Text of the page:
By contrast, Anne is pictured as wilful, spoiled and reckless. The beautiful but illegitimate daughter of a wealthy Irish solicitor in South Carolina, she has a vicious temper and a wild streak. She defies her father to marry penniless, woebegone merchant sailor James Bonny so she can run off with him to Nassau on the island of New Providence in the Bahamas, an infamous pirate hangout and capital of all things wicked in Anne's overheated imagination. When she meets and lustily beds Calico Jack, the famous pirate, Garrett suggests it is only Anne's badgering for the thrilling outlaw life of her dreams that drives him back "on the account." Indeed, this Jack is a bit of a dandy, content "to impress Anne with his bravado and still not have to risk his neck." Handsome and popular, Jack has deposed his own pirate captain, the ruthless Charles Vane, and returned to Nassau in triumph, hoping to rest on his laurels. But when Anne goads him back to sea, he finds a captain's responsibilities overwhelming. Faced with pitifully small trade and smaller profits, afraid of losing the respect of his men and of the hangman's noose that awaits them all, Jack sinks into a downward spiral of drinking, paranoia and despair long before his ship is captured by the authorities.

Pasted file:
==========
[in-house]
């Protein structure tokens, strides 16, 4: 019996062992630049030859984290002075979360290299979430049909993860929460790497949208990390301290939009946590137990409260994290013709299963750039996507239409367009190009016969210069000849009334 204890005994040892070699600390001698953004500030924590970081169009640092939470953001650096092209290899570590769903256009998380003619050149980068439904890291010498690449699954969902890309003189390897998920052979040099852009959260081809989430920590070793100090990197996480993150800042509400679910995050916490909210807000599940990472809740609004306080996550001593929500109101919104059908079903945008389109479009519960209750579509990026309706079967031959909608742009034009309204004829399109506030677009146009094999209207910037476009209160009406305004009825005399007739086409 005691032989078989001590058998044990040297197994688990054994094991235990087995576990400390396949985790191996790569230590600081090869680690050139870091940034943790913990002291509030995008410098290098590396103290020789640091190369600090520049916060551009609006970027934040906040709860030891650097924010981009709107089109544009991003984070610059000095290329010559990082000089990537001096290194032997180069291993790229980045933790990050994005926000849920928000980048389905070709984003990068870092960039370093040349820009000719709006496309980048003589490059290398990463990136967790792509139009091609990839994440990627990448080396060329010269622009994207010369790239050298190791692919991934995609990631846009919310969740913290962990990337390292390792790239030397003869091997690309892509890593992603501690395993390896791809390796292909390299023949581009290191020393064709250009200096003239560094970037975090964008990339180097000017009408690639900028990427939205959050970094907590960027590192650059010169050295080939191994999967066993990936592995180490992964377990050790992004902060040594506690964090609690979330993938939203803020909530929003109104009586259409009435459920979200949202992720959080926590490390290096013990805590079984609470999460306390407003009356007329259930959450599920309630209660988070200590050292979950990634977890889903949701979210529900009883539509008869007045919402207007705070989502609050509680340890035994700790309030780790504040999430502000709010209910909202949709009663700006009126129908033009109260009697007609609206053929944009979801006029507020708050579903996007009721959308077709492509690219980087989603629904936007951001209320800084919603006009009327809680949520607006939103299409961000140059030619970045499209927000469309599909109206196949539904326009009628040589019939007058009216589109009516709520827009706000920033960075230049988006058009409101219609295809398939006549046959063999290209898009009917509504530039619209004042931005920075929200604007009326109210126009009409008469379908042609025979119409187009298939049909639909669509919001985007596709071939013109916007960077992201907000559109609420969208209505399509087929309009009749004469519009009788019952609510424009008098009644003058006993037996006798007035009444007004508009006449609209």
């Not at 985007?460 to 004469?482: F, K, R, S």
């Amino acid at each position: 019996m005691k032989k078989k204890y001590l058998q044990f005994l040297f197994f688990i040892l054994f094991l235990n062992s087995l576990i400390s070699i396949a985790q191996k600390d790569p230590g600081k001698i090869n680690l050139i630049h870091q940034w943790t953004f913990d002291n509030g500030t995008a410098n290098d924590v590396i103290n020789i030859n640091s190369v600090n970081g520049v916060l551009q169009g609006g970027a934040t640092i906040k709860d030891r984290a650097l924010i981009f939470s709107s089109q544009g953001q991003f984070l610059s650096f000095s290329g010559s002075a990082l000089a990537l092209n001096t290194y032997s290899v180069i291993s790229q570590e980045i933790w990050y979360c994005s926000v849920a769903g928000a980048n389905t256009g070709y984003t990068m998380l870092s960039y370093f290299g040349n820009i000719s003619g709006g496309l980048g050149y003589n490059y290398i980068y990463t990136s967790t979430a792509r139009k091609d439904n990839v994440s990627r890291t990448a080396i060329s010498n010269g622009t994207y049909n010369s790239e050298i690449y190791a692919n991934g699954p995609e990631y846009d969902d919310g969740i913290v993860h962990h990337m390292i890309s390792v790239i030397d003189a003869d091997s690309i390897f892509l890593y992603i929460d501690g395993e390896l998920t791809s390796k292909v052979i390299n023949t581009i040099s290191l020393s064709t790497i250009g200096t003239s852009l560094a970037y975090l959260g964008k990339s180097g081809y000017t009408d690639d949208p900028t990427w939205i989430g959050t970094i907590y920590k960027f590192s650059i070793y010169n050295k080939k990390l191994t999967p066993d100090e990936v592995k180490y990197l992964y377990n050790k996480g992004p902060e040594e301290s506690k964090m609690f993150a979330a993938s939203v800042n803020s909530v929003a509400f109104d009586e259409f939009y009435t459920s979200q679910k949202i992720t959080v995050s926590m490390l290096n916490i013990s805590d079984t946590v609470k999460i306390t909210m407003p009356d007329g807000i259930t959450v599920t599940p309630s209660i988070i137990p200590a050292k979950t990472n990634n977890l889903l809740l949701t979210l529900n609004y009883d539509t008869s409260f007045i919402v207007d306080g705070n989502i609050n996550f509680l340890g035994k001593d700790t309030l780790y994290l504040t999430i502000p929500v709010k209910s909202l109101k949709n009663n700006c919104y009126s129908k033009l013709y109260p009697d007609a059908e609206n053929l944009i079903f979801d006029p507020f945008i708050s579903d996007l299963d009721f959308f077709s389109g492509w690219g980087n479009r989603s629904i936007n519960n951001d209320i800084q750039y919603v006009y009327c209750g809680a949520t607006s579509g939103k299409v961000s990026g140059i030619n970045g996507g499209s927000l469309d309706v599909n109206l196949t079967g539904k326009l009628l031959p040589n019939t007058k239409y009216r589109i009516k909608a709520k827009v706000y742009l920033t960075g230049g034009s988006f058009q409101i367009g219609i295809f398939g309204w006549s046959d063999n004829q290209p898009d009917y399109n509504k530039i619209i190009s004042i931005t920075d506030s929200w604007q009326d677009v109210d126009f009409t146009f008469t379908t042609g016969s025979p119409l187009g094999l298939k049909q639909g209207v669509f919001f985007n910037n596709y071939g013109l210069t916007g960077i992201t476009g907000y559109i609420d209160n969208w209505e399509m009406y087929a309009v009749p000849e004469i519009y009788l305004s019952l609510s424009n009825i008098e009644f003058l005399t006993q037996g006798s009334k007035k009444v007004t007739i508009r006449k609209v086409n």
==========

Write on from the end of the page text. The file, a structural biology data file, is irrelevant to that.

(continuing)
There's plenty of action on land and sea-a tense battle in a wheat field in Flanders, the drenching, freezing misery of working a ship in a howling storm, the desperate grappling of a merchant crew attempting to fight off a boarding gang of pirates. Garrett also makes us understand how the rudimentary democracy of pirate life attracted so many of the poor and disposessed. But she also pays attention to the things that make our fascination with women pirates in particular so enduring-how these women manage or fail to maintain their male disguise, find their place in the world of men and cope with such issues as sexuality and pregnancy. Readers are drawn to female pirate tales to learn about these very things, and Garrett makes them the centerpiece of her story.
Garret uses a few too many breathless sentence fragments; intended to create momentum, they too often stop the reader dead in her tracks searching for a verb or object to complete the thought. ("The Caribbean was blue-green, a warm and unfailing breeze, humps of high, jungle-covered mountains in the far distance.") And it's a bit of a stretch when she tries to make Mary's sad final moments into something emotionally upbeat. Still, this is a ripping yarn that breathes life into the lengend.